dominated by warmwater and coolwater species.
Linking Fish Habitat Categories to Species' Requirements
The habitat categories obtained when the inventory is assembled in a GIS are not
necessarily the same as those specified for inputs to the DM software. However each
habitat patch created by the overlay of depth, substrate, and vegetation cover can be
described as a vector, or array, of percentages (0 to 100):
•
Depth: %0-1, %1-2, %2-5, %5-10, %10+ metres.
8
The three habitat features are treated orthogonally in DM such that suitabilities are
()
()
()
()
()
()
()
()
computed for unique combinations of elements drawn singly from each feature (Minns et
()
al 2001). Then the weighted sum of suitabilities is computed based on the proportions.
(
•
Substrate: %Bedrock, %Boulder, %Cobble, %Rubble, % Gravel, %Sand, %Silt,
%Clay, %Hard-pan clay, %Pelagic.
•
Vegetation: %No cover, %Emergents, %Submergents.
Hence suitability for the combination 0-1 m depth by cobble by no cover is computed and
)
(
(
its weighted contribution is %0-1 times %cobble times %no cover. These calculations are
(
repeated for all unique habitat patches in the inventory and for each fish group and life
(
stage combination.
(
Computation of Habitat Suitabilities
(
The fish habitat suitabilities for the upper and middle areas of the Bay of Quinte
were computed as in Minns et al. (1999a) and, Minns and Bakelaar (1999). In this study,
27 basic DM suitabilities (i.e. 9 groups by 3 life stages), as well as one composite
suitability, were calculated for each of the 3609 unique habitat characteristic
(
(
(
(
combinations found in the mapped polygons. Excluded from the analysis were map
(t
(
polygons belonging to the lower bay and those lacking data for one of the three thematic
(
layers.
(t
Habitat Suitability Classification
(
Two classification schemes based on DM habitat suitability values were assessed.
In a Severn Sound habitat classification study, Minns et al (1999a) used a composite DM
t
( t
(
suitability index based on a weighted sum of the constituent fish group by life stage
,
C'
suitability indices. Classification and regression trees (CART) were used to identify
(~
suitable cut-offs for dividing the suitability range into three categories; low, medium and
(
(
(
(
high. Here, a simplified 'natural breaks' version of the Severn Sound approach was
compared with a K-means clustering approach whereby patches were classified into
limited numbers of sets using the raw fish group by life stage suitabilities as inputs.
(
,
,
,
,
( ,
The aim of suitability classification was to divide each of the 27 indices, as well
<,
as the composite index, into three different habitat suitability classes; high, medium and
('I
(I
(I
(I
low. It was important that the cut-offs for these classes be assigned in a deliberate and
non-random fashion, thus ensuring the safeguarding of innate groupings among the data
9
(
I
(
1
(
I
sets. With this factor in mind, the ESRI's ArcView GIS® was employed to determine the
')
)
)
natural break-points of the suitability data. Using the legend type 'Graduated Color' and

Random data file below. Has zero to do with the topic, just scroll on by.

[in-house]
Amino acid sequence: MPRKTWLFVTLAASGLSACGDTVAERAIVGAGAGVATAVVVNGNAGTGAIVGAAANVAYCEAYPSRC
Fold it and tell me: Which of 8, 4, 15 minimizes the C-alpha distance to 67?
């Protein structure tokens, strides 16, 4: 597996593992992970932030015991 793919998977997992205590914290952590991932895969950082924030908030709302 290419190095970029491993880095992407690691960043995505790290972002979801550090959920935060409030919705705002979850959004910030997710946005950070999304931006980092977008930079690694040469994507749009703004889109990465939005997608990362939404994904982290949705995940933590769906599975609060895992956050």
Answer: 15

using a classification scheme that seeks and divides the given data by its 'natural breaks'
into three groups, the suitability classes were formed.
)
The second form of analysis was performed on the OM suitability values to gain
an additional perspective of the overall fish habitat suitability (in addition to the
)
)
)
)
)
)
composite index). This was done by amalgamating all 27 of the individual indices
suitability rankings for each unique patch. Once the Arc-View software had determined
the natural breaks for each of the 27 indices, each unique patch was ranked as either a
low, medium, or high suitability (1, 2 and 3 respectively). Thus, each unique patch had
been ranked a total of27 different times. A K-means cluster analysis (Systat 10 ®) was
performed in an attempt to divide each unique patch into six classes based on these 27
)
)
)
)
)
)
)
)
individual rankings. Assignment of each cluster to a low, medium of high suitability
cluster was done by examining the means of the 27 suitability indices of habitat patches
included in the cluster. For example, in cluster number one, the mean suitability ranking
of the habitat within all of the clustered polygons for cold water fish was 1.00. These
individual means for each index were then tallied and an overall mean was determined.
This overall mean was the main determining factor as to how the overall cluster was
ranked.
Step Two: Fish Habitat Rarity Assessment
)
)
)
)
Where composite weighted indices are used to assess habitat suitabilities there is a
concern that uncommon habitat patches classified as extremely high in suitability for one
of the 27 individual indices will be classified as either medium or low with respect to the
overall habitat suitability as classified by either composite and cluster analysis. If
)
)
conservation efforts are solely focused upon those patches considered to be high by
composite and clustered suitabilities, vital habitat for one of the 27 combinations may be
overlooked and possibly destroyed. The rarity assessment pinpoints and highlights those
)
)
potentially 'overlooked' patches.